Examples of like-kind property include real property, such as rental properties, commercial buildings, and undeveloped land. Personal property, such as vehicles, artwork, and equipment, are not like-kind to property that looks like real and, therefore, cannot be used in a 1031 exchange.

Replacement property in a 1031 exchange must be of equal or greater value than the relinquished property and be held for investment or use in a trade or business. Examples of replacement property in a 1031 exchange include triple net leased property, Delaware statutory trusts, and primary residences used for investment purposes.

To ensure compliance with the like-kind property requirement, a qualified intermediary is often used to facilitate the exchange and ensure that all IRS rules and regulations are followed.

Types of 1031 Exchange Options

1. Simultaneous Exchange

A simultaneous exchange, also known as a concurrent exchange, is the original type of 1031 exchange where two parties exchange properties simultaneously. In this exchange option, the sale of the relinquished property and the purchase of the replacement property occur simultaneously.

This type of 1031 exchange is ideal for investors who want to diversify their portfolio by exchanging one type of property for another of the same or greater value. For example, an investor who wants to exchange a rental property for a vacation home can do so through a simultaneous exchange. This exchange option allows the investor to defer capital gains tax and depreciation recapture by exchanging one property for another.

2. Delayed Exchange:

A delayed exchange, or a Starker exchange, is the most common type of 1031 exchange. In a delayed exchange, the investor sells their relinquished property first and then uses the sale proceeds to acquire a new property within 180 days. This exchange option is ideal for investors who need more time to find a replacement property that meets their needs.

Delayed exchanges allow investors to defer capital tax gains and depreciation recapture by investing the sale proceeds into a new property. Additionally, investors can use fractional ownership or tenants in common structures to acquire partial ownership of a larger property.

3. Reverse Exchange

A reverse exchange is an option for acquiring the replacement property before the relinquished property is sold. In this exchange option, the investor acquires the new property first through an exchange accommodation titleholder (EAT) and then exchanges it for their existing property.

This exchange option is ideal for investors who want to acquire a specific property before selling it to another buyer. Reverse exchanges can be more complex than other exchange options and require careful planning to minimize the tax consequences.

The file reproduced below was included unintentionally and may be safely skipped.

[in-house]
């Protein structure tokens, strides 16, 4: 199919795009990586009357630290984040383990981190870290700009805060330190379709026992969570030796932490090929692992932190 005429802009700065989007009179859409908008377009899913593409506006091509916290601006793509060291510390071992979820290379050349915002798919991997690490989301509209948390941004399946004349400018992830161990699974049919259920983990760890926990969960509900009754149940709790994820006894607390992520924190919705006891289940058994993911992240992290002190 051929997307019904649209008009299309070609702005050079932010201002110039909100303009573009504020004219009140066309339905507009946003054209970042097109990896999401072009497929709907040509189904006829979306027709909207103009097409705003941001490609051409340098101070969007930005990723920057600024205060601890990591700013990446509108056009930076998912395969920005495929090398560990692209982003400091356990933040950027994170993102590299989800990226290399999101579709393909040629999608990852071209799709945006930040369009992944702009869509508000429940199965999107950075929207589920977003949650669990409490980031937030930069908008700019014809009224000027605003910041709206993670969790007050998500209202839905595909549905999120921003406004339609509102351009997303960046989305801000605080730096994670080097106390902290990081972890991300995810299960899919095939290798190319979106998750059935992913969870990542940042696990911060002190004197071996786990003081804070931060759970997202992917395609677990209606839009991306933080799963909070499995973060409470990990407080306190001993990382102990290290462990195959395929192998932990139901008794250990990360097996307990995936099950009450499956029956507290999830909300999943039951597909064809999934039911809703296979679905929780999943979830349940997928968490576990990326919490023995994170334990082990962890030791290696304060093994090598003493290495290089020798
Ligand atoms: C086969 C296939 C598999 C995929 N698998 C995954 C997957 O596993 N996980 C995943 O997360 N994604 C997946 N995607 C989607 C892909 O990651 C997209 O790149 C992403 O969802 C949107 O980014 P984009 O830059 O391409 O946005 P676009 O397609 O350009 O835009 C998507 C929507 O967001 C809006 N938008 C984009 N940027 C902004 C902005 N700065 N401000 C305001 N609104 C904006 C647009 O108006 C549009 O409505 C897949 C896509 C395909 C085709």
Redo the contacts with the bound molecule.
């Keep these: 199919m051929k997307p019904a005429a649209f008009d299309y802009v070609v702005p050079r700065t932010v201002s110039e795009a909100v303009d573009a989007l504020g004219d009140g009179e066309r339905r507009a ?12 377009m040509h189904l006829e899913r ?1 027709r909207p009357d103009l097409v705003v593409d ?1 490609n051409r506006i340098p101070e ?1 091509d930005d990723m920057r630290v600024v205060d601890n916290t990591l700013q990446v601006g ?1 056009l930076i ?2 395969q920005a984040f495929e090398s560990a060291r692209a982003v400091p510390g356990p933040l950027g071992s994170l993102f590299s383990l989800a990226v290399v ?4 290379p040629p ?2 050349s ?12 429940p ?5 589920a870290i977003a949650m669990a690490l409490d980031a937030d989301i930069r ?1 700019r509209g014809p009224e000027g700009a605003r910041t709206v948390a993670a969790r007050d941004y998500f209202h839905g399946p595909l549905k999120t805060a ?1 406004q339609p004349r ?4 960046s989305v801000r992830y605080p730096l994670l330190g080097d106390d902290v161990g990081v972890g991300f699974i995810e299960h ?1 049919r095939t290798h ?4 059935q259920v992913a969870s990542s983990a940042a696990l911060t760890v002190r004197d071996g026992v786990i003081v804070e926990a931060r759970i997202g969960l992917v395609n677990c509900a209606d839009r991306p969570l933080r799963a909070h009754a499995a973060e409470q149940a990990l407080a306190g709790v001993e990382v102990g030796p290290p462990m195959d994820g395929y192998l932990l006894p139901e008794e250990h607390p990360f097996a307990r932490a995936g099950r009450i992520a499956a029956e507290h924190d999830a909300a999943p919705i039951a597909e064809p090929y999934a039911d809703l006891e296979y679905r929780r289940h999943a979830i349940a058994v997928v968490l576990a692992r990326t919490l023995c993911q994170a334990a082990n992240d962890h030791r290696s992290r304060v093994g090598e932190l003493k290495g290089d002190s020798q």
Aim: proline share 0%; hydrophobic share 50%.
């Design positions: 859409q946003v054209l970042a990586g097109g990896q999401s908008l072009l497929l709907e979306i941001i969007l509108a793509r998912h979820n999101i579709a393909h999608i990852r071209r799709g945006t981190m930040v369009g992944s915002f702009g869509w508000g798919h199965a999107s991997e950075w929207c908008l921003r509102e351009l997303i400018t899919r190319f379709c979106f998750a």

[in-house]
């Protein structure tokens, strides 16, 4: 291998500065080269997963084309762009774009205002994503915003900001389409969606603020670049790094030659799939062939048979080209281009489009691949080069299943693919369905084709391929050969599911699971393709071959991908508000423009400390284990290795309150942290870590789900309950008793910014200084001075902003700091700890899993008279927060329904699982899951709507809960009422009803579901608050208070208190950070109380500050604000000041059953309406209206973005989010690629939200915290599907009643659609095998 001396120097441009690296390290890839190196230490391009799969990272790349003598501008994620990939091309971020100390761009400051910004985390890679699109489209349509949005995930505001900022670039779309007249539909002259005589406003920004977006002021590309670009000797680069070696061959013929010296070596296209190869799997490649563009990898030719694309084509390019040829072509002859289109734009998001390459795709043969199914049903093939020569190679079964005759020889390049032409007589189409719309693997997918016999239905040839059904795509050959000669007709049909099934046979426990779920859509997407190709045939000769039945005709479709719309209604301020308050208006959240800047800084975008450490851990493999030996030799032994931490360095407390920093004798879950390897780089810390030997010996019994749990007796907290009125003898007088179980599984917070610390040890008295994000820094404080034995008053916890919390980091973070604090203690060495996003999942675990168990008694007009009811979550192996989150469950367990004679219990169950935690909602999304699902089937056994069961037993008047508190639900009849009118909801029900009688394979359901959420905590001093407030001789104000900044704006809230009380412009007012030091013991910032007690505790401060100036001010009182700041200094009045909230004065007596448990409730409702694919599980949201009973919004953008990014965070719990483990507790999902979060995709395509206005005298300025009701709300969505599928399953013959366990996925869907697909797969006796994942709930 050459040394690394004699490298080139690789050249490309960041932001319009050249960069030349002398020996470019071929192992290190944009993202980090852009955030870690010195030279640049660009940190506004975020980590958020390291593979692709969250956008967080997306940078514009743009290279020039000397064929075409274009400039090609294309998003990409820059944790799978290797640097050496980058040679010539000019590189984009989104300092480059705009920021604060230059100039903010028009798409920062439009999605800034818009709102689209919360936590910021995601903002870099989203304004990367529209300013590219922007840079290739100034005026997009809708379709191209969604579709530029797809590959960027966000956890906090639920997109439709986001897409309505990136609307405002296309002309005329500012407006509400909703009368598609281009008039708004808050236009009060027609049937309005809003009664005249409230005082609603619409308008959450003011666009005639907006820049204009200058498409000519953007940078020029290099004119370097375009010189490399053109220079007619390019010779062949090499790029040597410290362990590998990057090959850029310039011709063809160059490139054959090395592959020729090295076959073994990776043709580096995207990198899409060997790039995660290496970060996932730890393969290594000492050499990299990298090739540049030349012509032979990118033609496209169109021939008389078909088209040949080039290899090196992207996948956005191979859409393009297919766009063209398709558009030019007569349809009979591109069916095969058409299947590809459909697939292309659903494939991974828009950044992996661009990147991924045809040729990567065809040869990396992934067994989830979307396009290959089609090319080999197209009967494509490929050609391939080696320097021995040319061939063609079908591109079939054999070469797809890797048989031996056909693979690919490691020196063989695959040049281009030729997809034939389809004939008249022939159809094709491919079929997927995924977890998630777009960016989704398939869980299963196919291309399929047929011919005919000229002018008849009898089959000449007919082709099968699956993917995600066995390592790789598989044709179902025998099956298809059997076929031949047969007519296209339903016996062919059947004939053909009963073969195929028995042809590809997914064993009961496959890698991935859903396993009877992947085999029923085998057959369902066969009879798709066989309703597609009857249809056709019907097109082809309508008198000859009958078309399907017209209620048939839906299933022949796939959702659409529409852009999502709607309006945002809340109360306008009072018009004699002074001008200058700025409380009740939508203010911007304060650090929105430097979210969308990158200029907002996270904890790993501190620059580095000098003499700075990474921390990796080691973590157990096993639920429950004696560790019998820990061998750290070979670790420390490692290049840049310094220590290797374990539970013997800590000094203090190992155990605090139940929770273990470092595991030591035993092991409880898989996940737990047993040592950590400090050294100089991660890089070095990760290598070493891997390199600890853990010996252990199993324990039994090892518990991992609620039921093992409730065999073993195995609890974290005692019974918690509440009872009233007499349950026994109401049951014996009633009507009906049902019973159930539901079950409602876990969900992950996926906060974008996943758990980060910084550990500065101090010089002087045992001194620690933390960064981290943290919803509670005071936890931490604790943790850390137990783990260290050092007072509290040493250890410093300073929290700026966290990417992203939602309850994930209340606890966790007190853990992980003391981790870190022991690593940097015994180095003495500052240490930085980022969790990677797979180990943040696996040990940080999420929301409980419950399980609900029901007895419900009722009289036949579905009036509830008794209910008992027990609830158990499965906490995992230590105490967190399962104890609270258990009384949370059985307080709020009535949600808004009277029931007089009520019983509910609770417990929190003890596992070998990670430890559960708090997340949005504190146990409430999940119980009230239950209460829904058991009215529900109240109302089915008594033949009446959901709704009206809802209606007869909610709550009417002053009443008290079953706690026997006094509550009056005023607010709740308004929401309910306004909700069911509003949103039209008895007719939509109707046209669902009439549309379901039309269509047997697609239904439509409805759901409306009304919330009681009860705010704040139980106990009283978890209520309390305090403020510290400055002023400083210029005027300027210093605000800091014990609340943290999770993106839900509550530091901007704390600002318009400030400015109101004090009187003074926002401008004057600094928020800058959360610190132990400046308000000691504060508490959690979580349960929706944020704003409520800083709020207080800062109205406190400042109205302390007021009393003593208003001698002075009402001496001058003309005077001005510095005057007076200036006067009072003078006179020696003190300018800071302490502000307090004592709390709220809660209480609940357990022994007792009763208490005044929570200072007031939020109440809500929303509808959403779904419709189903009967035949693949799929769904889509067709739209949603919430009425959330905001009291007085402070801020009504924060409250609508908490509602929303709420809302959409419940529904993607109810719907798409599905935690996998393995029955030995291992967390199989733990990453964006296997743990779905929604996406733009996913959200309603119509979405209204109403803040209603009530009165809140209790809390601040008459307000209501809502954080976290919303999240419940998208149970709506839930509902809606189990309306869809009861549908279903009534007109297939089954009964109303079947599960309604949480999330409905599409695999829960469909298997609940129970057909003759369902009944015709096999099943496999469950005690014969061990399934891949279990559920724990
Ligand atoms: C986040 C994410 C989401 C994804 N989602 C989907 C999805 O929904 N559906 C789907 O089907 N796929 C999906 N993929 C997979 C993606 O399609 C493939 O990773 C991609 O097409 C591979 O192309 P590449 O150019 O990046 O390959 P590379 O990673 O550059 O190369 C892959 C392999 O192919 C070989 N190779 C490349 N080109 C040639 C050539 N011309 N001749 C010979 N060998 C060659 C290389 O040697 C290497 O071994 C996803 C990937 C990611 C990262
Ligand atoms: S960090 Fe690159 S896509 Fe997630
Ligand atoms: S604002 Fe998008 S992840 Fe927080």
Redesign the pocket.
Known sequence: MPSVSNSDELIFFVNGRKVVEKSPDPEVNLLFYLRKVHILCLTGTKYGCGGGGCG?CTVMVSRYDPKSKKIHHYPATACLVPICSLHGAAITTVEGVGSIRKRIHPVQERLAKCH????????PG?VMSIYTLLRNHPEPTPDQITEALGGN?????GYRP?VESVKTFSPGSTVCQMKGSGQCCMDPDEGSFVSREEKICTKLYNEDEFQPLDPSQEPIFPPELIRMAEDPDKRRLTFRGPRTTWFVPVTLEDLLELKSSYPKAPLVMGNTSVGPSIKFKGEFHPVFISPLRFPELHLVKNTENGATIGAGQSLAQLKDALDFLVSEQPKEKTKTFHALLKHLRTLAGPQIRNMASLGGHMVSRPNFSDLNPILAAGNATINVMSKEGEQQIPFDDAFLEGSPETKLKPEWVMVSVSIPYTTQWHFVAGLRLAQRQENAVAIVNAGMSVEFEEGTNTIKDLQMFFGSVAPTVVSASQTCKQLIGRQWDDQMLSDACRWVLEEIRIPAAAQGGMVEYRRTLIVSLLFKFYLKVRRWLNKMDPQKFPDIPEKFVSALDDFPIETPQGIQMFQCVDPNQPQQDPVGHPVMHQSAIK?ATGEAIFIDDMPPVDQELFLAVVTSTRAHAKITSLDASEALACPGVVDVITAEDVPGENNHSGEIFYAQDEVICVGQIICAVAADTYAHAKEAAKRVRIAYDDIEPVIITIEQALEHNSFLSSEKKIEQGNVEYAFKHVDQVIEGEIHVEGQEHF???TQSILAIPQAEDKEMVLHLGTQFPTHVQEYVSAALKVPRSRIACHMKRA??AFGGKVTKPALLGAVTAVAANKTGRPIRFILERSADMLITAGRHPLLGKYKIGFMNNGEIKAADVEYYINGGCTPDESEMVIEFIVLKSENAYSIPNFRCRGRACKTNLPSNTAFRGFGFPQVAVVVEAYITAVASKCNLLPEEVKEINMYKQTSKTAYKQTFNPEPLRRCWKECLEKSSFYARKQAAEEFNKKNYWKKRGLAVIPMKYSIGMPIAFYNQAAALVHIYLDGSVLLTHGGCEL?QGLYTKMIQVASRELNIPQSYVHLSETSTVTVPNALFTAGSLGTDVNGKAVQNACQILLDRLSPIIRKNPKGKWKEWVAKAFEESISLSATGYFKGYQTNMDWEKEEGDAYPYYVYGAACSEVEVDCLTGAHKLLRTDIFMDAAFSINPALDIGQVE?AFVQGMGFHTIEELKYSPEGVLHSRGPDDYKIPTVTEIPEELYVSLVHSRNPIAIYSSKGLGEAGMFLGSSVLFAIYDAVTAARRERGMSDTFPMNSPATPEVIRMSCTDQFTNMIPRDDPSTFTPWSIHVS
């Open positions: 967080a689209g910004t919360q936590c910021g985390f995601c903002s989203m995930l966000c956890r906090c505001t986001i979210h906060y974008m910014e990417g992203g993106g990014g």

4. Improvement Exchange

An improvement exchange, or a construction exchange, is an option where the investor uses some of the exchange proceeds to improve the replacement property. In this exchange option, the investor can have property exchange option for a property of equal or greater value and then use the exchange proceeds to improve the new property.

For example, an investor can exchange a rental property for a commercial building and use the exchange proceeds to renovate the building. This exchange option is ideal for investors who want to acquire a property that needs improvement or upgrade. The exchange improvement allows investors to defer the tax liability on the capital gain portion of the sale proceeds and use the remainder to acquire and improve the replacement property.


For investors looking to defer capital gains tax on investment property, a 1031 exchange can be a valuable tool. With a qualified intermediary, investors can sell their current real estate assets and reinvest in a replacement property of the same or greater value, without incurring immediate tax liabilities.

The 1031 exchange offers a range of options for investors, including fractional ownership, diversification of their diversified portfolio, and the opportunity to transition their primary residence into a rental property. By exploring these options, investors can take advantage of the tax benefits of a 1031 exchange while also maximizing the potential return on their real estate investments. 

DJ Van Keuren​

Named as one of Family Capitals Top 10 U.S. Family Office Real Estate Professionals, one of Trusted Insight's Top 30 Real Estate Investors at a Family Office, and founder of the Family Office Real Estate Institute, Mr. Van Keuren is the Co-Managing Member for Evergreen Property Partners. D.J. has held senior management positions in real estate at several prominent single-family offices. Among them are The Hayman Family (Giorgio Perfume/Giorgio Beverly Hills & Discuss Dental), the Arsenault Family office (Mountain High Yogurt), and acting as the President of real estate for a family member of an owner of an MLB team. Mr Van Keuren is a member of the Forbes Real Estate Council, a frequent writer for Forbes on family office real estate investing, author of "Real Estate Investing for Family Offices," founder of The Family Office Real Estate Insitute, President of the Harvard Real Estate Alumni Organization, and a frequent speaker at family office conferences around the world. In addition, DJ was a Family Wealth Alliance finalist for its Best In Industry Awards for Thought Leadership and Special Industry Contributions awards. He has been published in Forbes, Family Office Elite, Real Asset Advisor, National Real Estate Investor, and Private Wealth and mentioned in The New York Times, PERE, National Real Estate Investor, and Trusted Insight, among others. Mr Van Keuren is a current Advisory Board member for RedSwan CRE, Advisor to Keiretsu Family Office, a member of the GP Advisory Committee to Gated Rentals and a past Stanford Global Family Office Committee member, editorial board member for Real Asset Advisor Magazine, a prior Board Member for the Real Estate Academic Initiative at Harvard. D.J. received his Master's Degree from Harvard University in Management and Finance, attended graduate studies in Real Estate from the NYU Schack Real Estate Institute, and received his B.A. from Ball State University as part of the universities Div IA baseball team.